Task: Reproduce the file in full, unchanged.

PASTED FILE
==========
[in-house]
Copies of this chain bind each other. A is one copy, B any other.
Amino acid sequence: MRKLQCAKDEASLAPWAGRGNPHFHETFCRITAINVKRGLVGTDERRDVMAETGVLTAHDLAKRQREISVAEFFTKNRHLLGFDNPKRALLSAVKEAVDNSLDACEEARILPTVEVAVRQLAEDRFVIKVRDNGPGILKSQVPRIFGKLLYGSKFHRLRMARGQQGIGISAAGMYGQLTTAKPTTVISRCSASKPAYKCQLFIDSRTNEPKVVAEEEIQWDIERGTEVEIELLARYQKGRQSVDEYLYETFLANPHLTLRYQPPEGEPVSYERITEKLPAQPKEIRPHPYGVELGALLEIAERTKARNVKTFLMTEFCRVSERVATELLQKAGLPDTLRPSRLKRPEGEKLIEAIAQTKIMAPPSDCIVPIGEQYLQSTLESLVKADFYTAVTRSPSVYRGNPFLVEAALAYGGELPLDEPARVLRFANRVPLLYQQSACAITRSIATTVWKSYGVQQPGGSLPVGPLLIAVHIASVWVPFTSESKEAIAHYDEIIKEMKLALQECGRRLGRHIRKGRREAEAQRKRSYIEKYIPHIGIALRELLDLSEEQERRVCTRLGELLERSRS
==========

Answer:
[in-house]
Copies of this chain bind each other. A is one copy, B any other.
Amino acid sequence: MRKLQCAKDEASLAPWAGRGNPHFHETFCRITAINVKRGLVGTDERRDVMAETGVLTAHDLAKRQREISVAEFFTKNRHLLGFDNPKRALLSAVKEAVDNSLDACEEARILPTVEVAVRQLAEDRFVIKVRDNGPGILKSQVPRIFGKLLYGSKFHRLRMARGQQGIGISAAGMYGQLTTAKPTTVISRCSASKPAYKCQLFIDSRTNEPKVVAEEEIQWDIERGTEVEIELLARYQKGRQSVDEYLYETFLANPHLTLRYQPPEGEPVSYERITEKLPAQPKEIRPHPYGVELGALLEIAERTKARNVKTFLMTEFCRVSERVATELLQKAGLPDTLRPSRLKRPEGEKLIEAIAQTKIMAPPSDCIVPIGEQYLQSTLESLVKADFYTAVTRSPSVYRGNPFLVEAALAYGGELPLDEPARVLRFANRVPLLYQQSACAITRSIATTVWKSYGVQQPGGSLPVGPLLIAVHIASVWVPFTSESKEAIAHYDEIIKEMKLALQECGRRLGRHIRKGRREAEAQRKRSYIEKYIPHIGIALRELLDLSEEQERRVCTRLGELLERSRS